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  1. Primary sources from which information comes
    • Are first hand records of events, theories, opinions, or actions
    • Can come in form of either published or unpublished documents, recording, or artifacts
  2. Biases vs stereotypes
    • biases are opinions or beliefs that affect a person's ability to make fair, unclouded judgements or decisions
    • stereotypes are oversimplified opinions, that do not account for individual differences, about an entire group of people or things
    • most discussions center on controversial political or social issues
  3. Narrative text
    tells a story, or relates a chain of events
  4. expository passage
    introduces or explains a subject, gives groundwork information that is necessary for understanding later ideas, or analyzes info objectively
  5. Technical writing
    • passes along precise info, usually about a specific topic
    • usually in a formal or semi-formal style
  6. topic, main idea, and themes of a written work
    • the topic is the general subject matter
    • main idea is the work's specific message; the reason the work was written
    • theme are ideas or concepts the written work comes back to again and again (ex: in depression, would touch upon themes of despair, hope, redemption, and self-improvement)
  7. inferences
    a logical conclusion that is not actually written in the text; rather, it is deduced by the reader, based on info that is written in the text
  8. text structure
    the way which a given text is organized
  9. problem-solution strucutre
    • may be illustrated by presenting the problem in one paragraph, and the solution in another
    • Or can be one paragraph w both problem and solution
  10. comparison-contrast structure
    author may present two different cases with the intent of making reader consider differences or similarities btwn the 2 cases
  11. cause-effect structure
    normally author presents an action first, and then describes the effects that result (or may result) from that action
  12. Common prefixes in the metric system:
    103; 102; 101; 100
    • 10= 1000 = kilo (k)
    • 102 = 100  = hecto (h)
    • 101 = 10   = deka (da)
    • 100 = 1  = no prefix
  13. Common prefixes in the metric system:
    10-1; 10-2; 10-3
    • 10-1 = 1/10  = deci (d)
    • 10-2 = 1/100  = centi (c)
    • 10-3 = 1/1000 = milli (m)
  14. Conversions btwn english and metric measurement: LENGTH
    1 inch = ? cm
    1 km = ? mile
    • 1 inch = 2.54 cm
    • 1 km = 1000 m = .62 mile
  15. Conversions btwn english and metric: LENGTH
    1 meter = ? inch
    1 mile = ? meter
    1 yard = ? meter
    • 1 meter = 39.37 inch
    • 1 mile = 1609 m
    • 1 yard = 0.914 m
  16. conversions btwn english and metric measurements: WEIGHT
    1 kg = ? lds
    1 ounce = ? g
    1 ld = ? kg
    • 1 kg = 2.2 pounds
    • 1 ounce = 28 g
    • 1 pound = 0.45 kg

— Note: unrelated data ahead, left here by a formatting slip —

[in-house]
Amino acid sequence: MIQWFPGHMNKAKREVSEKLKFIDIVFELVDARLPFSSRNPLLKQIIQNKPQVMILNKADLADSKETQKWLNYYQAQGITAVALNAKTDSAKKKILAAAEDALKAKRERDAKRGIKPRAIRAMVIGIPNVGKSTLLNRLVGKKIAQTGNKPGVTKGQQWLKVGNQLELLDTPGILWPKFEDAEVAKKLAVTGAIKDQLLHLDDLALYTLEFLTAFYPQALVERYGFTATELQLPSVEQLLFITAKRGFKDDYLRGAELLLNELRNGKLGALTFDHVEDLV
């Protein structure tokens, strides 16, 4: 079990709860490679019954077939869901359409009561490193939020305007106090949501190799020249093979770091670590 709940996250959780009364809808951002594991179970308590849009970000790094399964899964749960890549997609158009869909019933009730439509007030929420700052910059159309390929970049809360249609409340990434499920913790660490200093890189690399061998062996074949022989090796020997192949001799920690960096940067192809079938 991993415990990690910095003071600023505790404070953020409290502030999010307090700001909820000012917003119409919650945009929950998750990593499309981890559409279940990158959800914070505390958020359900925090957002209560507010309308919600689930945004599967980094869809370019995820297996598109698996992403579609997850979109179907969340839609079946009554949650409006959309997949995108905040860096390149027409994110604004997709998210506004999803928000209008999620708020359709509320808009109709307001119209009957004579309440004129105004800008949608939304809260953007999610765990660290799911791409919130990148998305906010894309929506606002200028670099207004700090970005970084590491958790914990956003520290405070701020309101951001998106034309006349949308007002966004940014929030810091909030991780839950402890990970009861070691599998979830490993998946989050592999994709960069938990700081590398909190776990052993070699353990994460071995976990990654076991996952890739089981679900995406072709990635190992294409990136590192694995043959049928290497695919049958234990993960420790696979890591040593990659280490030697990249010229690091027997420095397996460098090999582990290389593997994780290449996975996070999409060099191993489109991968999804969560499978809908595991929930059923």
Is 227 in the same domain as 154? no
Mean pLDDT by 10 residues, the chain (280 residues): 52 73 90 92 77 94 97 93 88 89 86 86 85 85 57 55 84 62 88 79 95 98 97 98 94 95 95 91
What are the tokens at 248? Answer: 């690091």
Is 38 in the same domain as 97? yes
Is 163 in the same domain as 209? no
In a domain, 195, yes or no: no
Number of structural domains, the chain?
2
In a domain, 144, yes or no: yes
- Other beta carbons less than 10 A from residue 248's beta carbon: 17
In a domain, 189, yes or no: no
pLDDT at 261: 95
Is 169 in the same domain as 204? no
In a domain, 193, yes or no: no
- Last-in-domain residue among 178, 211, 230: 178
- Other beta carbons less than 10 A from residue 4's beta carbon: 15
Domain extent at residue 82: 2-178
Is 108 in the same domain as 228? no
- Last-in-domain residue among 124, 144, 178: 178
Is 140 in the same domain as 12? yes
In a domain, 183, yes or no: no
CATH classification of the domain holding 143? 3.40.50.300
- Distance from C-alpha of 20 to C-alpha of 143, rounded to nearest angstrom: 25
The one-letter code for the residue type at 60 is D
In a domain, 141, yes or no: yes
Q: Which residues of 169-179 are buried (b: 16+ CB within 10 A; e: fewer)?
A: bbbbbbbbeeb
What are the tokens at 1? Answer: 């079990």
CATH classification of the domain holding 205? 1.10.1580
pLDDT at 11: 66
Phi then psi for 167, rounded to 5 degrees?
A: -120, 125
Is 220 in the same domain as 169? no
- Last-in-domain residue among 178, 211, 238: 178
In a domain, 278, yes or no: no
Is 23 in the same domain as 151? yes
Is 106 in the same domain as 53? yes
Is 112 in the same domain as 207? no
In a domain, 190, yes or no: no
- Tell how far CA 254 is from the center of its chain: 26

17. Conversions btwn english and metric measurements: volume
    1 L = ? quarts
    1 ounce = ? mL
    1 teaspoon = ? mL
    1 quart = ? L
    1 gallon = ? L
    • 1 L = 1.06 quarts
    • 1 ounce = 30 mL
    • 1 teaspoon = 5 mL
    • 1 quart = 0.95 L
    • 1 gallon = 3.785 L
  18. How many feet in a mile
    5280 feet
  19. Volume measurements:
    1 cup = ? ounces
    1 pint = ? cups
    1 quart = ? pints
    1 gallon = ? quarts
    • 1 cup = 8 ounces
    • 1 pint = 2 cups
    • 1 quart = 2 pints
    • 1 gallon = 4 quarts
  20. Weight measurements:
    1 ld = ? ounces
    1 lb = 16 ounces
  21. calipers
    • an instrument used to measure very small lengths
    • usually 6 inches or fewer w greater precision than a ruler
  22. hypothesis
    • an explanation formulated to answer the questions being investigated
    • has a statement that can be tested
  23. Steps for forming a hypothesis
    • Identify the problem
    • ask question
    • formulate an explanation to answer the questions
  24. Steps to the scientific method
    • Problem identification
    • question asking
    • hypothesis development
    • data collection and experimentation
    • analysis
    • conclusion
  25. deductive reasoning vs inductive reasoning
    • deductive reasoning is when conclusions follow a general principle; Leads to a specific conclusion
    • inductive reasoning is when conclusion are formed from specific facts; relies heavily on a preponderance of info that leads to a certain degree of confidence in a conclusion

    *refers to having convincing evidence and its probable truth or accuracy, and not on the amount of evidence
  26. Hierarchy of the structure of the human body
    • From smallest to largest:
    • atom
    • molecules
    • cells
    • tissues
    • organs
    • organs systems
    • organsim
  27. atoms
    • the smallest parts of elements that still retain all the original properties of the element
    • combine to form molecules
  28. molecule
    a chemical bonding of atoms that possesses it's own characteristics independent of the atom themselves
  29. cells
    • made up of specific combined molecules 
    • basic unit of life
    • they further combine in terms of function and form tissues
  30. 4 basic tissue types in humans
    • epithelial 
    • connective
    • muscular
    • nervous
  31. Epithelial tissue
    • serves two functions: provide covering (skin) or produce secretions (as in glandular tissue)
    • commonly in layers
    • doesn't have own blood supply; dependant on diffusion from capillaries for blood & O2
    • can easily regenerate
  32. Classifications of epithelial tissue
    • based on 2 criteria:
    • # of cell layers
    • Simple epithelium contains only one layer; found where absorption, secretion and filtration occur
    • Stratified epithelium has more than one layer and serves as protection
    •  cell shape
    • includes squamous, cuboidal, and columnar
  33. Connective tissue
    • found throughout the body
    • serves to connect different structures 
    • commonly has own blood supply; however some types do not
    • Includes: bone, cartilage, adipose, and blood vessel
  34. Muscle tissue
    • dedicated to producing movement
    • 3 types: skeletal, cardiac, and smooth
  35. Nervous tissue
    • provides the structure for the brain, spinal cord, and nerves